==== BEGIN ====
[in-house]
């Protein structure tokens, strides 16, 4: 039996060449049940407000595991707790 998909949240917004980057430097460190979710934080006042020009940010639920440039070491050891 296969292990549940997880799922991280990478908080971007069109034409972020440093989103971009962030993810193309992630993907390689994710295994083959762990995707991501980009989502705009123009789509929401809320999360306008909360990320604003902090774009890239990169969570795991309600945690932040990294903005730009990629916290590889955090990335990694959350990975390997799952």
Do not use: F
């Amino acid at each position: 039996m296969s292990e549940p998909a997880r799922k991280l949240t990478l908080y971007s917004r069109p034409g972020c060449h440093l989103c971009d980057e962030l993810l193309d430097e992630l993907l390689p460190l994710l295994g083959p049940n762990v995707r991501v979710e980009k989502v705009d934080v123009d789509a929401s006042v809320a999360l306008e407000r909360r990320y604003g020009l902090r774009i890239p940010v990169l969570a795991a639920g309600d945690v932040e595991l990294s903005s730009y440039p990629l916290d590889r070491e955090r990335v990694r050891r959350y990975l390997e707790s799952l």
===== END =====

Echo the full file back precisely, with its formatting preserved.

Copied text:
[in-house]
């Protein structure tokens, strides 16, 4: 039996060449049940407000595991707790 998909949240917004980057430097460190979710934080006042020009940010639920440039070491050891 296969292990549940997880799922991280990478908080971007069109034409972020440093989103971009962030993810193309992630993907390689994710295994083959762990995707991501980009989502705009123009789509929401809320999360306008909360990320604003902090774009890239990169969570795991309600945690932040990294903005730009990629916290590889955090990335990694959350990975390997799952």
Do not use: F
């Amino acid at each position: 039996m296969s292990e549940p998909a997880r799922k991280l949240t990478l908080y971007s917004r069109p034409g972020c060449h440093l989103c971009d980057e962030l993810l193309d430097e992630l993907l390689p460190l994710l295994g083959p049940n762990v995707r991501v979710e980009k989502v705009d934080v123009d789509a929401s006042v809320a999360l306008e407000r909360r990320y604003g020009l902090r774009i890239p940010v990169l969570a795991a639920g309600d945690v932040e595991l990294s903005s730009y440039p990629l916290d590889r070491e955090r990335v990694r050891r959350y990975l390997e707790s799952l």